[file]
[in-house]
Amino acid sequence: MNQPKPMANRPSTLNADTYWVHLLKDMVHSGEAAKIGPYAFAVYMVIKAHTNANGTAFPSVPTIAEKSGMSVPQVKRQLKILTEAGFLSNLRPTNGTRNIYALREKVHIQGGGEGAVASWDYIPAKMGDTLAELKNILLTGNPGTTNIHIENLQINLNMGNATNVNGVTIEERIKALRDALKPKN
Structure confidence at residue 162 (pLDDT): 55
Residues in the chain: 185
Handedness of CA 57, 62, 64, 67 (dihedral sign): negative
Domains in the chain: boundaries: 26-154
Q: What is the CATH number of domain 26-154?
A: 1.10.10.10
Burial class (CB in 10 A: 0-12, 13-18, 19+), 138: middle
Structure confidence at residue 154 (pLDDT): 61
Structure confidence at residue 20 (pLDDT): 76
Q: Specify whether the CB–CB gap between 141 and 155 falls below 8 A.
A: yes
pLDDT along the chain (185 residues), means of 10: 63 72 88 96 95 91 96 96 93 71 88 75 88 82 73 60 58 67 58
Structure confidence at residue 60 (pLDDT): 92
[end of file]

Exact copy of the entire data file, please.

[in-house]
Amino acid sequence: MNQPKPMANRPSTLNADTYWVHLLKDMVHSGEAAKIGPYAFAVYMVIKAHTNANGTAFPSVPTIAEKSGMSVPQVKRQLKILTEAGFLSNLRPTNGTRNIYALREKVHIQGGGEGAVASWDYIPAKMGDTLAELKNILLTGNPGTTNIHIENLQINLNMGNATNVNGVTIEERIKALRDALKPKN
Structure confidence at residue 162 (pLDDT): 55
Residues in the chain: 185
Handedness of CA 57, 62, 64, 67 (dihedral sign): negative
Domains in the chain: boundaries: 26-154
Q: What is the CATH number of domain 26-154?
A: 1.10.10.10
Burial class (CB in 10 A: 0-12, 13-18, 19+), 138: middle
Structure confidence at residue 154 (pLDDT): 61
Structure confidence at residue 20 (pLDDT): 76
Q: Specify whether the CB–CB gap between 141 and 155 falls below 8 A.
A: yes
pLDDT along the chain (185 residues), means of 10: 63 72 88 96 95 91 96 96 93 71 88 75 88 82 73 60 58 67 58
Structure confidence at residue 60 (pLDDT): 92